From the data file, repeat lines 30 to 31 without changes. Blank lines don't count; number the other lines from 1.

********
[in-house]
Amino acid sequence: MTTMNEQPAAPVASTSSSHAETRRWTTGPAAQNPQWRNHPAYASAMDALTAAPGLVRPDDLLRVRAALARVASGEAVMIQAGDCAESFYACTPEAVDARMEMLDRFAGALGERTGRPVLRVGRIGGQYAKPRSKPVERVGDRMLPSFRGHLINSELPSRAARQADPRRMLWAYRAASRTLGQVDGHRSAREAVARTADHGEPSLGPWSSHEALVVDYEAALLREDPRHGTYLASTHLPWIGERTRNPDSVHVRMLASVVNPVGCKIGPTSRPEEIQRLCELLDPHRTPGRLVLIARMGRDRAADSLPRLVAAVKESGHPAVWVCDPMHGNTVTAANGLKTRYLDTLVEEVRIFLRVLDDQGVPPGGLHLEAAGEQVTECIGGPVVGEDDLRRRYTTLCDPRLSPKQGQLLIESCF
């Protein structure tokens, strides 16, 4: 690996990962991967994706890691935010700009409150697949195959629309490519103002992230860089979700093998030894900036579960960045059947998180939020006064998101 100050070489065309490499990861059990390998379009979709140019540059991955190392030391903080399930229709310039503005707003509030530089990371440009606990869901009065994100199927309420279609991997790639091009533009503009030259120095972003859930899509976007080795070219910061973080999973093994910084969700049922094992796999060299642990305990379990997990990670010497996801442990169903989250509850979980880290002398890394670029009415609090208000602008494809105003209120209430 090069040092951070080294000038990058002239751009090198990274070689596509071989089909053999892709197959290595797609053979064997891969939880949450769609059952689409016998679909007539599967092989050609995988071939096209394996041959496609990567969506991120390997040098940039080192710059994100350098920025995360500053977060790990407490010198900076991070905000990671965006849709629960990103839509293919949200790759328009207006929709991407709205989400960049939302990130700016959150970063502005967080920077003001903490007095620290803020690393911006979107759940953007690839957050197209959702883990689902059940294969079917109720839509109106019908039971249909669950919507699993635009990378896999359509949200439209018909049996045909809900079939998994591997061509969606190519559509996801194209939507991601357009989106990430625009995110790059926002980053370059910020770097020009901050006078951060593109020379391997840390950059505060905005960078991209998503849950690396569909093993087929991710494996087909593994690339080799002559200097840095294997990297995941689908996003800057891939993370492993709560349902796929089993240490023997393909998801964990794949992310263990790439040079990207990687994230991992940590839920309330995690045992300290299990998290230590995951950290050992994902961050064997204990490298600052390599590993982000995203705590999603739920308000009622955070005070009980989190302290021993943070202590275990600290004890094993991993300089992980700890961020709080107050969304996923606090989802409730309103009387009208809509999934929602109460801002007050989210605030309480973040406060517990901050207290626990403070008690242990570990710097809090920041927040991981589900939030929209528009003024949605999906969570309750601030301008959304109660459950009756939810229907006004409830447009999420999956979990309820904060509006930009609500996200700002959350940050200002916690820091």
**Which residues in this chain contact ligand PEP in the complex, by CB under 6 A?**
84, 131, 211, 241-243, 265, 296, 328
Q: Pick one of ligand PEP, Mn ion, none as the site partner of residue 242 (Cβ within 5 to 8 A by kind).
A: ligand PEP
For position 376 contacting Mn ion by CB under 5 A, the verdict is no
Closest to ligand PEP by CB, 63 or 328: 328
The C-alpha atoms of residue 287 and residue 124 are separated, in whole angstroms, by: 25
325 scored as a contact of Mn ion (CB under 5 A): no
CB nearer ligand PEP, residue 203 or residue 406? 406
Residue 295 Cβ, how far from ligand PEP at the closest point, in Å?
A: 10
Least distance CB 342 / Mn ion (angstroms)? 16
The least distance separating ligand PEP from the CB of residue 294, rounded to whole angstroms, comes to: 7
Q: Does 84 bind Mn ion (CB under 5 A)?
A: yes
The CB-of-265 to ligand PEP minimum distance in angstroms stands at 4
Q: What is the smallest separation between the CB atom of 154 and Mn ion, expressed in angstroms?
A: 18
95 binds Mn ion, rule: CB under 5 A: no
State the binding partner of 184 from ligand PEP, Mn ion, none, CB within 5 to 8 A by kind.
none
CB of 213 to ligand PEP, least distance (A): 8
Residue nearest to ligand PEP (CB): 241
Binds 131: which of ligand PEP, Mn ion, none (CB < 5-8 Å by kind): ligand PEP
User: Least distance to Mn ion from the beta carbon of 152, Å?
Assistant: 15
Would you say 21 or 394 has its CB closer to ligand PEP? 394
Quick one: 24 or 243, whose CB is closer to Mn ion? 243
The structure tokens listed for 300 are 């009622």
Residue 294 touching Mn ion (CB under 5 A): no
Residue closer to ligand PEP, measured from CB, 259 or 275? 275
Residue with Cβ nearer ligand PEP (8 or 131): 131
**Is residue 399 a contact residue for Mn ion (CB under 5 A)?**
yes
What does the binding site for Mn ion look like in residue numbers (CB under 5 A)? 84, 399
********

Would you say 21 or 394 has its CB closer to ligand PEP? 394
Quick one: 24 or 243, whose CB is closer to Mn ion? 243